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Members of the Likud Central Committee who select the list of party candidates for the March Knesset elections want the top posts (after Likud chairman Benjamin Netanyahu and Foreign Minister Silvan Shalom, whose no. 2 spot is guaranteed) to go to MKs Gideon Sa'ar, Danny Naveh, Limor Livnat, Uzi Landau and Gilad Erdan, in that order.

The findings are from Tuesday's Haaretz-Channel 10 Dialog poll, conducted by Professor Camil Fuchs among 406 committee members.

Filling out the Likud "dream team" picked by respondents are MKs Yisrael Katz, Michael Eitan, Reuven Rivlin, Yuval Steinitz and Michael Ratzon.

According to the Dialog poll and other recent surveys, party whip Sa'ar has become the Likud's most popular politician of the past three years, with a 61.5 percent approval rating from the respondents who named their favorite five, compared to a 40.5 percent rating for Naveh and 35 percent for Livnat.

Sa'ar's name also appears at the top of the list of "best MKs" chosen by committee members, followed by Eitan, Erdan, Rivlin and "rebel" leader Landau.

If the survey respondents have their way, about half of the rebels who opposed the Gaza disengagement will be unemployed come April. When committee members were asked which Likud MKs they would most like to vote off the party list, their first choice is Yehiel Hazan, who was indicted for double-voting in May 2003 and is likely to be charged with obstruction of justice after he was filmed removing evidence in that case from the Knesset storeroom.

Following Hazan are the Inbal Gavrieli, Michael Gorlovsky (also involved in the double-voting case), Gila Gamliel and Ayoub Kara.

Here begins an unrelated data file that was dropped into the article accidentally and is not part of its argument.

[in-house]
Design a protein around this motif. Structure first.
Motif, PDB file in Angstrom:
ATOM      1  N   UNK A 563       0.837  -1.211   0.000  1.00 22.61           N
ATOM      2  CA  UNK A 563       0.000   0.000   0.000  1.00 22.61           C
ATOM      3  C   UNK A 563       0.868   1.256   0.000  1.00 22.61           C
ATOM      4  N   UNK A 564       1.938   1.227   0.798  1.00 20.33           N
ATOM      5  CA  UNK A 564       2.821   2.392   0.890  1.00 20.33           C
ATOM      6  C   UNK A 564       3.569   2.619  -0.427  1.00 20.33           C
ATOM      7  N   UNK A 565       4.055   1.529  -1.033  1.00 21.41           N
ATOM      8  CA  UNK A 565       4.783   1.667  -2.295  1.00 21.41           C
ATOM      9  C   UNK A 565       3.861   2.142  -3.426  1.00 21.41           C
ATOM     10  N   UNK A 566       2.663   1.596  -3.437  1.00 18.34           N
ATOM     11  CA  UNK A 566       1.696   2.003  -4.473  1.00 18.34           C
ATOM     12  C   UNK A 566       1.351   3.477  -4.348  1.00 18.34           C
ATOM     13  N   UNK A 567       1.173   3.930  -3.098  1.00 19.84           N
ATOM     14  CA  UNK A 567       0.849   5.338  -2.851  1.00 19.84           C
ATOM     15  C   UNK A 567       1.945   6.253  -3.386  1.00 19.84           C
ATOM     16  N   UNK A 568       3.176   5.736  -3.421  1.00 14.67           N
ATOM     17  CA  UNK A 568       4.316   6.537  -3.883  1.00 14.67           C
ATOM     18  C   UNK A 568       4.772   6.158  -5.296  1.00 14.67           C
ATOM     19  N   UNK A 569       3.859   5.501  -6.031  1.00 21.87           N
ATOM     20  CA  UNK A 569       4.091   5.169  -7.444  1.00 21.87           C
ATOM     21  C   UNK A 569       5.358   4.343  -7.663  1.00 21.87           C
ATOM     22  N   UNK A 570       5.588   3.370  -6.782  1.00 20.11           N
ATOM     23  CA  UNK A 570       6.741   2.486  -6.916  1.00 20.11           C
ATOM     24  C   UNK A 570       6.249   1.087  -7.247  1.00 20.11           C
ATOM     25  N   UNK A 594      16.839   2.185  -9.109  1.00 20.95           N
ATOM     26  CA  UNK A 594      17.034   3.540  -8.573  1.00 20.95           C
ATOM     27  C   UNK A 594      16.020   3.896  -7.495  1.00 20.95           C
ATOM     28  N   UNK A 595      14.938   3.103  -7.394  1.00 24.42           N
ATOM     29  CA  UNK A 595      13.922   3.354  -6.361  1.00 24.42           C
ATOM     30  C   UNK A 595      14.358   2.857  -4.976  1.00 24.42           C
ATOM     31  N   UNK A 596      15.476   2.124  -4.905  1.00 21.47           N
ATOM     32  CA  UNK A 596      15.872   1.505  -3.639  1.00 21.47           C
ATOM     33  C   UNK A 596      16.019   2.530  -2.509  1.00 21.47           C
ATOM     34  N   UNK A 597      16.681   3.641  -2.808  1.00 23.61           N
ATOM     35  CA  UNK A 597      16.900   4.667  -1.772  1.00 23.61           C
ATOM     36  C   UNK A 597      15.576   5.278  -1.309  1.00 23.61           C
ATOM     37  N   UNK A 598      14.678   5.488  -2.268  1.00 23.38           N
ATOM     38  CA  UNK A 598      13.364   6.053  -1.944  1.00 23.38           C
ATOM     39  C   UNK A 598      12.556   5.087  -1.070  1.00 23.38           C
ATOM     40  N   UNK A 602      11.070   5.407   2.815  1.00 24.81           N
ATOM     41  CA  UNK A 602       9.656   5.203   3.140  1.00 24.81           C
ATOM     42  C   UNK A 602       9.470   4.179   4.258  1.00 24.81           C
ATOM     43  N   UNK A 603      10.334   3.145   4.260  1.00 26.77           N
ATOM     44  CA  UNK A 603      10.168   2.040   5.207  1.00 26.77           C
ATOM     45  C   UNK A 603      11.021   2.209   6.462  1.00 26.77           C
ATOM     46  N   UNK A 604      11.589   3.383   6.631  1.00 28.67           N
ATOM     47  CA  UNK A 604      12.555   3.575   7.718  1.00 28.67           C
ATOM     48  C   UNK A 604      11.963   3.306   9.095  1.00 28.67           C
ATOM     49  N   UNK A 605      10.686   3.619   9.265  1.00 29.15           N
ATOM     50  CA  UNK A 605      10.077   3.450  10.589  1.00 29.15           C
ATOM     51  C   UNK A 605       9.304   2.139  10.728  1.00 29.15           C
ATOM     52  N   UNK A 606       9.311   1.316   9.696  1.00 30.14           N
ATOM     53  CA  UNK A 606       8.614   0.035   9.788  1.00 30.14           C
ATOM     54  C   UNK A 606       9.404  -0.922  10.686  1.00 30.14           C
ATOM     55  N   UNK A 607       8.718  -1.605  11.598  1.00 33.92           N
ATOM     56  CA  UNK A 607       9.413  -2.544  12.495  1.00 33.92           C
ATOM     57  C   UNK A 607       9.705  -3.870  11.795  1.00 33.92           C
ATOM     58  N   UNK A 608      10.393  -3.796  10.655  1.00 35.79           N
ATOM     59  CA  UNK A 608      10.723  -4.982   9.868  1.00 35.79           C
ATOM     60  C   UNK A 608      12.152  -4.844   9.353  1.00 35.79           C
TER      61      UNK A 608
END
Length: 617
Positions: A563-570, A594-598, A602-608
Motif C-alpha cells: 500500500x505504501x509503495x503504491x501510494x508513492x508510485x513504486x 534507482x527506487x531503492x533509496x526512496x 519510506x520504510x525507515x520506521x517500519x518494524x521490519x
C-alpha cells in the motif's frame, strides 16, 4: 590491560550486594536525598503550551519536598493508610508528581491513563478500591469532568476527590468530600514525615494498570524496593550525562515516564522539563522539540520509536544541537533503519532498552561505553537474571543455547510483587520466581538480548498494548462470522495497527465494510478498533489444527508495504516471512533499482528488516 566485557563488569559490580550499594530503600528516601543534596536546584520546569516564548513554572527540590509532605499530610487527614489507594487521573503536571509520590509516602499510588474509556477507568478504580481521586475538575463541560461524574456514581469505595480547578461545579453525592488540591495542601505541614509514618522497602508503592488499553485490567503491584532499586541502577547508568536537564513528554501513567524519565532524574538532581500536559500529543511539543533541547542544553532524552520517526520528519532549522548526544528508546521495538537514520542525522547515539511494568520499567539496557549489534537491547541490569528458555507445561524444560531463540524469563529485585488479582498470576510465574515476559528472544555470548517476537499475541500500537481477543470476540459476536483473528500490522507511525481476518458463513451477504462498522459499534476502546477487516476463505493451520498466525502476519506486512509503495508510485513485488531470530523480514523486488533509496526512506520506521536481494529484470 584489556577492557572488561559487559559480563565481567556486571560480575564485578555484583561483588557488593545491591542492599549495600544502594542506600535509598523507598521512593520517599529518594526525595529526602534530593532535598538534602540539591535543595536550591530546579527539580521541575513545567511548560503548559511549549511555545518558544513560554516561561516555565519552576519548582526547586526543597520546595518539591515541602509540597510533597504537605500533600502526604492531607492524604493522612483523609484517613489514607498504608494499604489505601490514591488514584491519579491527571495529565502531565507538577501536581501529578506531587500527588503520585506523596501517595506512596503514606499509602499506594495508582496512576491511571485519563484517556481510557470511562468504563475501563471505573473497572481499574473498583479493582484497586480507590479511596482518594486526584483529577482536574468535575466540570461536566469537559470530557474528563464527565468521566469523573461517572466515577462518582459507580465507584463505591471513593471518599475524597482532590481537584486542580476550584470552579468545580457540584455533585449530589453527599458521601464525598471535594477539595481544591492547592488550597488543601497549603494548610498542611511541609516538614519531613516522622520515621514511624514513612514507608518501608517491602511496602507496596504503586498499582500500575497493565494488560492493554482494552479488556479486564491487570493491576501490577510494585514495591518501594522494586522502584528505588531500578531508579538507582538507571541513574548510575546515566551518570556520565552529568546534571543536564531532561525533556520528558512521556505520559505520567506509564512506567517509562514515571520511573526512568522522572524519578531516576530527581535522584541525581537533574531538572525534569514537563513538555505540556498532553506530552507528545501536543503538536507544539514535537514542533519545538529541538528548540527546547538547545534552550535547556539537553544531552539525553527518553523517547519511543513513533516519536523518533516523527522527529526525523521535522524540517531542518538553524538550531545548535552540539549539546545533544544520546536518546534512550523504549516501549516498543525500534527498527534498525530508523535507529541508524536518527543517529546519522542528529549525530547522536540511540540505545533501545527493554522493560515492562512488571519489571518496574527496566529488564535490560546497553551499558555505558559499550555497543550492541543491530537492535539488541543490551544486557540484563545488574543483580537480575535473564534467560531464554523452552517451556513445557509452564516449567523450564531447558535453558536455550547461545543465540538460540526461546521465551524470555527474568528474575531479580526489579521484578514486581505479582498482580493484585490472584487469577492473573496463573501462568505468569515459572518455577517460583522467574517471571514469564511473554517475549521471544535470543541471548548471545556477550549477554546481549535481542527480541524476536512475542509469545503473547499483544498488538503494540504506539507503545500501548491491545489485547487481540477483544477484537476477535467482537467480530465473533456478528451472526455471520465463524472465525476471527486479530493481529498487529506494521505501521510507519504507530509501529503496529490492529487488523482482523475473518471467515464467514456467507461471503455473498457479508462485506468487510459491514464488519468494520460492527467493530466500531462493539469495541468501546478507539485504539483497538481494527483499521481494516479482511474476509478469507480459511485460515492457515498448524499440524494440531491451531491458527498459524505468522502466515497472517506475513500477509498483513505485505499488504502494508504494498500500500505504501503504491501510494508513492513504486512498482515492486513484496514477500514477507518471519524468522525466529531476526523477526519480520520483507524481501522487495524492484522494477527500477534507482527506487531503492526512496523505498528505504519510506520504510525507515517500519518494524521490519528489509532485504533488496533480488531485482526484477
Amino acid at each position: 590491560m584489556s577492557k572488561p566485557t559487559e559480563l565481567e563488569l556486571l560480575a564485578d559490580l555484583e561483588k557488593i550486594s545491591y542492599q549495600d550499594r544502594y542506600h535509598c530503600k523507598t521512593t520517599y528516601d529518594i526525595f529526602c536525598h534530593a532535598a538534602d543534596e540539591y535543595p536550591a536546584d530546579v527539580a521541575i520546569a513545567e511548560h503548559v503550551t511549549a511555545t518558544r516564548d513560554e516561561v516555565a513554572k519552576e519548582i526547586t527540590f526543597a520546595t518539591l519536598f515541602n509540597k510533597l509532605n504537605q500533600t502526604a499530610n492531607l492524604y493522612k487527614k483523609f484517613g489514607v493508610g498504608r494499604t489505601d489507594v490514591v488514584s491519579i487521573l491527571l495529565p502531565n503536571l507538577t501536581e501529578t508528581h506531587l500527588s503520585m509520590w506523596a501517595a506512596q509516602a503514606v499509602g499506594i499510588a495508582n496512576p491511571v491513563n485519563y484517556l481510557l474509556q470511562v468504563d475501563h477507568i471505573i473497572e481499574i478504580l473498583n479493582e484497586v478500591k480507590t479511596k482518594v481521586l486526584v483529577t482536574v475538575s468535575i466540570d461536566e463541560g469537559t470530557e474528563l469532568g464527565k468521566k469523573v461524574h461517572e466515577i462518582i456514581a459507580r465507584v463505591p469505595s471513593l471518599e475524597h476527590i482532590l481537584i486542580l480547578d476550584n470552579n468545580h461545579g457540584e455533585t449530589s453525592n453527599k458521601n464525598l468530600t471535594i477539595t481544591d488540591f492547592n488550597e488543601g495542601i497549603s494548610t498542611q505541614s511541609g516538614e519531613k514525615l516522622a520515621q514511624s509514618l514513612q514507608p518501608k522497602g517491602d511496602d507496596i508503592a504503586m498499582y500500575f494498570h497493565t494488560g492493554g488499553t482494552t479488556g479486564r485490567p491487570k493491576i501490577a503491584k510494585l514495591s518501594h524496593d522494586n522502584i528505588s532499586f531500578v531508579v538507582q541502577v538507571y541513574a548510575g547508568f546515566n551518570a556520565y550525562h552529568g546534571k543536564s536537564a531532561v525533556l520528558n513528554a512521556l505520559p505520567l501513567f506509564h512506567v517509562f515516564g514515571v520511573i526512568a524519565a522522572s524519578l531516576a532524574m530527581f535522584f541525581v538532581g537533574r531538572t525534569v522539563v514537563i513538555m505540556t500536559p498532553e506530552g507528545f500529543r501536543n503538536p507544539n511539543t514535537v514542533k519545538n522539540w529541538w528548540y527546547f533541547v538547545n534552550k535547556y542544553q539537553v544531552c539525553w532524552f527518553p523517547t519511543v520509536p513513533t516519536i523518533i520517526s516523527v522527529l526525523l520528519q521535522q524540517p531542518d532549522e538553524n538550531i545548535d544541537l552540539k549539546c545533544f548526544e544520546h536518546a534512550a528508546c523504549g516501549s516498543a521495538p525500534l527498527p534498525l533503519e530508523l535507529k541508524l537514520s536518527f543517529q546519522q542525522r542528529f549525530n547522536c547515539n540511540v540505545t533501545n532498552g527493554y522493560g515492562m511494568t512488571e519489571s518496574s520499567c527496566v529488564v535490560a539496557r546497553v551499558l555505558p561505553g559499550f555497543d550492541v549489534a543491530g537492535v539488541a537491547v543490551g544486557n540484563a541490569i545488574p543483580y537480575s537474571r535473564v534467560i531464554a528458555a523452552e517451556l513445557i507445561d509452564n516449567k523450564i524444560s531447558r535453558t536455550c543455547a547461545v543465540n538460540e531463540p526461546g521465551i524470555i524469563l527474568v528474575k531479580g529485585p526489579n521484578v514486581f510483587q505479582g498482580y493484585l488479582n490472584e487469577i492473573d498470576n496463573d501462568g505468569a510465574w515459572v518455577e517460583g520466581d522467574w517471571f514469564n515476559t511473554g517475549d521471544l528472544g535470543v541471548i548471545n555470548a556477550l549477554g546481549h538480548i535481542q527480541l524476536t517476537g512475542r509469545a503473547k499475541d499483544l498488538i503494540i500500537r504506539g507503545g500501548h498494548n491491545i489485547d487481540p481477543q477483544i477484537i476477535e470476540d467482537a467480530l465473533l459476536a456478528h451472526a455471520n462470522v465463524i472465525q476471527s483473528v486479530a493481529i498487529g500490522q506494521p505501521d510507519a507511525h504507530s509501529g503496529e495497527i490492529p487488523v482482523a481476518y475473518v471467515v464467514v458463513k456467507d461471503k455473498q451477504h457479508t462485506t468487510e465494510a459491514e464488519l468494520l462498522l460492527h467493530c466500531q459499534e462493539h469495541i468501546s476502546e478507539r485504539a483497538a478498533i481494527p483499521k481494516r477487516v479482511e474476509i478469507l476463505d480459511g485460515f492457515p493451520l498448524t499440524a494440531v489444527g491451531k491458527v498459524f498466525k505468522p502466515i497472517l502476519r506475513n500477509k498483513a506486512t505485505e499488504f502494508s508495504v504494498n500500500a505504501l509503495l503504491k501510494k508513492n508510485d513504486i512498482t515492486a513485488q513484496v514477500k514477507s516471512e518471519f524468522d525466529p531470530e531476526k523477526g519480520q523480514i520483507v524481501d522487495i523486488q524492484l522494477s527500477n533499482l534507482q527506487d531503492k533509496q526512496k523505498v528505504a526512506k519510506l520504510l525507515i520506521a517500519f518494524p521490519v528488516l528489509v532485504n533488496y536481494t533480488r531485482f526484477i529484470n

The Dialog poll asked about the declared intention of new party chair Netanyahu to transfer the task of selecting the party's candidates from the 3,000 members of the central committee to the 130,000 Likud members.

Surprisingly, 30 percent of the committee members polled said they were willing to relinquish the enormous power they had been given.

It seems that the committee members recognize that the Likud's poor reputation has to a great extent been caused by the disturbing images associated with the formulation of the candidates' list.

An overwhelming 82 percent of respondents said the media's portrayal of the committee was unfair, while 14 percent said it was complimentary.

A significant minority of respondents - 38 percent - said they believed that Kadima and Likud would unite under Prime Minister Ariel Sharon following the elections, while 56 percent said this would not happen.

Contrary to other surveys, 60 percent of respondents expressed some measure of confidence in Netanyahu's ability to form the next government, with only 34 percent expressing the opposite view.

To the question of which Likud-leavers they would like to bring back home from among Tzipi Livni, Meir Sheetrit, Shaul Mofaz and Tzahi Hanegbi, respondents were predictable: Hanegbi, their favorite, heads the list, followed closely by Livni. Trailing by several lengths are Mofaz and Sheetrit.